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Brown praises work of drug courts in Ohio

May is National Drug Court Month

WASHINGTON, DC — U.S. Sen. Sherrod Brown, D-Ohio, took to the Senate floor Tuesday night to highlight and praise the work of drug courts in Ohio.

Brown said the courts, which are aimed at supporting those struggling with addiction, offer programs that enhance treatment, increase collaboration in the community and save taxpayers money.

“Everyone in this chamber knows how bad the opioid epidemic is,” Brown said. “In Ohio, based on the averages, 11 people will die today of a drug overdose.”
Brown said the country can not “arrest our way out of this crisis.”

“I’ve met with law enforcement officers all across Ohio,” Brown said. “They’re shouldering an incredible burden, and they all say the same thing. They need resources to fight this — that’s why I’ve joined Sen. (Rob) Portman and a bipartisan group of our colleagues on the POWER Act, to get local and state law enforcement the high-tech tools they need to effectively screen for dangerous opioids like Fentanyl.”

Brown said enforcement tools are only one piece of the fight.

“We need a comprehensive approach, and that means recognizing how important treatment and rehabilitation are,” he said. “We can’t write off the thousands of Ohioans struggling with addiction. We can’t write off entire communities. That’s where drug courts come in.”

Brown pointed out that May is National Drug Court Month.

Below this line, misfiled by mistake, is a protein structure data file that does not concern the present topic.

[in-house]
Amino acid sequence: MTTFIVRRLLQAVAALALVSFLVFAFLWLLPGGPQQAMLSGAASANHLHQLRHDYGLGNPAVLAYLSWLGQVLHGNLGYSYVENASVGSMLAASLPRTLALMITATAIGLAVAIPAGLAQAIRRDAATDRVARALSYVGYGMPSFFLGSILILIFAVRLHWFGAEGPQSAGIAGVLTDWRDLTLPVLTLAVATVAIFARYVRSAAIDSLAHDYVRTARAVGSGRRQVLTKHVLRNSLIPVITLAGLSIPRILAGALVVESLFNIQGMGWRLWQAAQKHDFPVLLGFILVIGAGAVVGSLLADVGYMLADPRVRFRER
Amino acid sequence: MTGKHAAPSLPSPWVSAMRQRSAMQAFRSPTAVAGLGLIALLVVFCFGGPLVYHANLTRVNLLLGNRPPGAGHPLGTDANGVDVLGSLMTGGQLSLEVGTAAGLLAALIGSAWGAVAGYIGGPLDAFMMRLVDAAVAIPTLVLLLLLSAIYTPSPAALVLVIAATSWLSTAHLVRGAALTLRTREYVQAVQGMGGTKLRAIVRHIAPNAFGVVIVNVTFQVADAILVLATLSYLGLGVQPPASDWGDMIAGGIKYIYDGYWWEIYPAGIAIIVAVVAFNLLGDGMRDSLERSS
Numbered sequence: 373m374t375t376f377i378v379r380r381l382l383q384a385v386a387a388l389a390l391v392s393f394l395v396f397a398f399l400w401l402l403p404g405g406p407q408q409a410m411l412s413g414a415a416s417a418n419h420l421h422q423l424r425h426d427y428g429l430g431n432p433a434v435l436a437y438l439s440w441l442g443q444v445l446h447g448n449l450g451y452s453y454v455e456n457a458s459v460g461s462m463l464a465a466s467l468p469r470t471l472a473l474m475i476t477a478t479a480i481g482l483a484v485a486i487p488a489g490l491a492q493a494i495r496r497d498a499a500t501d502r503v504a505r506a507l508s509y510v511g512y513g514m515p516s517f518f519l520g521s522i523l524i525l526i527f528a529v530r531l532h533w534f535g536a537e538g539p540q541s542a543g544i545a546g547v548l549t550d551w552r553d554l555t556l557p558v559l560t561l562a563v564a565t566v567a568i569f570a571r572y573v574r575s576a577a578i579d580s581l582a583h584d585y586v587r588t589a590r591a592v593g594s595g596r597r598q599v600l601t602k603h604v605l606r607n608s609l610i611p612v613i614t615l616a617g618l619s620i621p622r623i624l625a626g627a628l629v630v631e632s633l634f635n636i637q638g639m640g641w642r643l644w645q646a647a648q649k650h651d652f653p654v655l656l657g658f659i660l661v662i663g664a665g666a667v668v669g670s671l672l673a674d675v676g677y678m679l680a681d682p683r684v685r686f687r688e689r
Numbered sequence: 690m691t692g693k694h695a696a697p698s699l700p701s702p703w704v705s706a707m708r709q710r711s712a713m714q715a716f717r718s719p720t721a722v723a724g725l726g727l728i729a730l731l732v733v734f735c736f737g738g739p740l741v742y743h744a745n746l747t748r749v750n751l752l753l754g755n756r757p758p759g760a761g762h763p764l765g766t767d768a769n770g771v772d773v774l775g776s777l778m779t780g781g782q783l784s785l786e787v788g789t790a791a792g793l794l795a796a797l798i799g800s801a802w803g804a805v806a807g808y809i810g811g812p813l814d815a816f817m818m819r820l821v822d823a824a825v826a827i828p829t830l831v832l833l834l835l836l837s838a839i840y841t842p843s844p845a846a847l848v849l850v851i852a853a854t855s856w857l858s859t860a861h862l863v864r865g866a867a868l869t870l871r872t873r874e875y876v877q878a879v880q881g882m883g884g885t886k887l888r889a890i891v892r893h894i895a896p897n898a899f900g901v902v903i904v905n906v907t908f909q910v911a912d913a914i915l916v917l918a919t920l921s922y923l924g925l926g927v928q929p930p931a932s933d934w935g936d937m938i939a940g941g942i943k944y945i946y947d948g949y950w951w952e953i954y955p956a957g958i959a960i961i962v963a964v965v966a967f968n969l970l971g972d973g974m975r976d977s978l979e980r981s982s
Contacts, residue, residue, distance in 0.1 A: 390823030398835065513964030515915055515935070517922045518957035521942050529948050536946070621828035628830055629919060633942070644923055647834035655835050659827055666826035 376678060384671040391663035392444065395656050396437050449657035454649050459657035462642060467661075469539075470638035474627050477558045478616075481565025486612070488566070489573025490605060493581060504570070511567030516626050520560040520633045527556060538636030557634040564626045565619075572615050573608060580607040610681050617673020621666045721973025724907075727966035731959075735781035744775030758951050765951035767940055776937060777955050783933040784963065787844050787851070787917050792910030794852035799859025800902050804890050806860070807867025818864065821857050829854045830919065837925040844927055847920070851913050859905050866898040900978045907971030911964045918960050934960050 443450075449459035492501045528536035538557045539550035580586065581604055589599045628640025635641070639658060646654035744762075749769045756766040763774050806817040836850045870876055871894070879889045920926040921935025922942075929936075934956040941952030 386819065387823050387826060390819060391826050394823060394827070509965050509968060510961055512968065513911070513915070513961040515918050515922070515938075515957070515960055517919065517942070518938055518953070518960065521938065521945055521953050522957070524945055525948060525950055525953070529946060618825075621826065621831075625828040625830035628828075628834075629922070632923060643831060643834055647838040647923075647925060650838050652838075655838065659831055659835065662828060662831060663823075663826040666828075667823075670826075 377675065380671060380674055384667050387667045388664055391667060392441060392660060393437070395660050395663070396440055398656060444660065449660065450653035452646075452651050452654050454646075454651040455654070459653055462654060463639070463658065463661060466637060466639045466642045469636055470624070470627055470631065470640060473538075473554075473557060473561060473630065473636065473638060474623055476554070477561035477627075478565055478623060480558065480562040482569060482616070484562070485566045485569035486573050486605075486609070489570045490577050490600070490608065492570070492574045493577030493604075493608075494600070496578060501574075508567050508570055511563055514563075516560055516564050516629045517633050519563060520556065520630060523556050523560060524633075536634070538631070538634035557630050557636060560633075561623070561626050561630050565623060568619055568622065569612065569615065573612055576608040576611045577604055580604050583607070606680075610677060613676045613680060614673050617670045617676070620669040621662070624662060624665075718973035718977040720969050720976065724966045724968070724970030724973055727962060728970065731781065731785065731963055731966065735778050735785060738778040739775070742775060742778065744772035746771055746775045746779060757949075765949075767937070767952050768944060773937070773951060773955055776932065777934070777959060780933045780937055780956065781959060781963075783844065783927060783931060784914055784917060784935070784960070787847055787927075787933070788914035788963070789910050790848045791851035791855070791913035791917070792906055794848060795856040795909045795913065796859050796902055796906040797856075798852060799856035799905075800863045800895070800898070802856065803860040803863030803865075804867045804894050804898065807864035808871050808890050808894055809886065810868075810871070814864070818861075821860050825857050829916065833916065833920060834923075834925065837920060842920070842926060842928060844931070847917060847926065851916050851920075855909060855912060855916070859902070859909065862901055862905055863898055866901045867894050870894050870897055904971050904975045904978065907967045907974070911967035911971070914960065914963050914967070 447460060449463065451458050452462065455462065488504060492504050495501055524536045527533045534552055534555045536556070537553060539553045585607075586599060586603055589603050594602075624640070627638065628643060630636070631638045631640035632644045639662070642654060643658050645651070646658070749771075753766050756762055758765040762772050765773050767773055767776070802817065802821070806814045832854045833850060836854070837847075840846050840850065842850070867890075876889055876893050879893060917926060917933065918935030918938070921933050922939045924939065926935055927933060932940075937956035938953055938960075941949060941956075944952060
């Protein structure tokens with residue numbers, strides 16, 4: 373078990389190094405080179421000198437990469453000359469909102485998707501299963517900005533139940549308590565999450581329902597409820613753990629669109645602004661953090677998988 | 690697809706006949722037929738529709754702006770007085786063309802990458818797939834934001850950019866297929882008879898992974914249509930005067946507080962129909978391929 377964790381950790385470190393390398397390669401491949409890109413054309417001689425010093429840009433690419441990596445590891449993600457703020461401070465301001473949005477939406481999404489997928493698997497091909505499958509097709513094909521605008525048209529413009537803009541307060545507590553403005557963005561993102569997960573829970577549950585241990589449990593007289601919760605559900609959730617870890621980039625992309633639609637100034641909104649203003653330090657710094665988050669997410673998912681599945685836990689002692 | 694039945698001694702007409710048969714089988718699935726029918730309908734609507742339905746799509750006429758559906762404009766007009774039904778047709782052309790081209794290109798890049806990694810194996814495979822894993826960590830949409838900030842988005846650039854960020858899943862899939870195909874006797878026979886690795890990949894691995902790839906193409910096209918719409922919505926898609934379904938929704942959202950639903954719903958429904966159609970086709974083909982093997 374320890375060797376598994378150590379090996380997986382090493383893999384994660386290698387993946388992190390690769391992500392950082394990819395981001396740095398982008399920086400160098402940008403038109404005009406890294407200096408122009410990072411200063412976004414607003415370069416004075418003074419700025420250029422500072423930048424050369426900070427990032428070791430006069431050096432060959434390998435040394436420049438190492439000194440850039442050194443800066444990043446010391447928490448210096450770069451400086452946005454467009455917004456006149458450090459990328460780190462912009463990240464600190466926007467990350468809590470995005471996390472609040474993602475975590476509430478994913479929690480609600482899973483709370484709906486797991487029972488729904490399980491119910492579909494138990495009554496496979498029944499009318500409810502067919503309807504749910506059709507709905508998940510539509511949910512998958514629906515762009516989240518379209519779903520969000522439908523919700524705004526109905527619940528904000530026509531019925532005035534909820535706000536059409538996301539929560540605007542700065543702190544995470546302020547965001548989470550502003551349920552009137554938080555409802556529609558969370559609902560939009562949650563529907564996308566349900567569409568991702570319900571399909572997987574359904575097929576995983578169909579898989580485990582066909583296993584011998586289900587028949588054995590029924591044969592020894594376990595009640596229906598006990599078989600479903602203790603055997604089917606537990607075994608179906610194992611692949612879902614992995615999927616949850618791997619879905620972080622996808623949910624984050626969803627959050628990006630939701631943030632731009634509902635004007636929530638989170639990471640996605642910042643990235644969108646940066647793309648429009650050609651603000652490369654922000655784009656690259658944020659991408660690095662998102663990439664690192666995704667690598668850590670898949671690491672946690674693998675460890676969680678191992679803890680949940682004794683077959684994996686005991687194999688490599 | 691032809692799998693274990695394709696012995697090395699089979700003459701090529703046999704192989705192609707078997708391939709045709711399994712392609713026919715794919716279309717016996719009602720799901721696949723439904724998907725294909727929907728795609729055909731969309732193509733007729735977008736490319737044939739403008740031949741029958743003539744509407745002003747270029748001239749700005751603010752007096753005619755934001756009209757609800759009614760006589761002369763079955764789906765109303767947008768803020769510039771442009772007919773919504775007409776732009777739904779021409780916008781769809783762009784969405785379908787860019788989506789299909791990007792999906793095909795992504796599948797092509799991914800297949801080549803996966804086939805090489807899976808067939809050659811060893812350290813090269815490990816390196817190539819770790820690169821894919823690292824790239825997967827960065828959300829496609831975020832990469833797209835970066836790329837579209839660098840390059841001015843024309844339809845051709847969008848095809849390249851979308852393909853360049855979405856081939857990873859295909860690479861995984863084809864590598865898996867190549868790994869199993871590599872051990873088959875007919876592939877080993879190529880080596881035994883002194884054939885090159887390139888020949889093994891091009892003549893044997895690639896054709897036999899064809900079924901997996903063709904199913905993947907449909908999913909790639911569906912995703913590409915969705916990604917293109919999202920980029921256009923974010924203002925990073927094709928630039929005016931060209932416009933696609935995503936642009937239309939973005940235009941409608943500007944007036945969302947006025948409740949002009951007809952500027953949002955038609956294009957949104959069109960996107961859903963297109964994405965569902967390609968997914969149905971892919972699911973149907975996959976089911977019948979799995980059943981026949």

“These courts are partnerships between local law enforcement and treatment providers,” he said. “They’re often spearheaded by judges, who see the same people back in their courtrooms over and over again for drug offenses. These judges realized that traditional court proceedings weren’t working — they weren’t curing people’s addiction. Fines and jail time can’t cure a medical condition.”

Lawrence County launched its drug court last month, under the direction of Lawrence County Common Pleas Court Judge Andy Ballard, who took office last year.
Brown urged his colleagues in Congress to come together in a bipartisan way to support and expand these types of programs.

Brown recently introduced legislation with U.S. Sen. Shelley Moore Capito, R-West Virginia, the Collectively Achieving Recovery and Employment (CARE) Act, which his office says would help bring together addiction treatment and workforce training efforts to better help communities fight addiction, cut down on repeat offenses and help participants get jobs.

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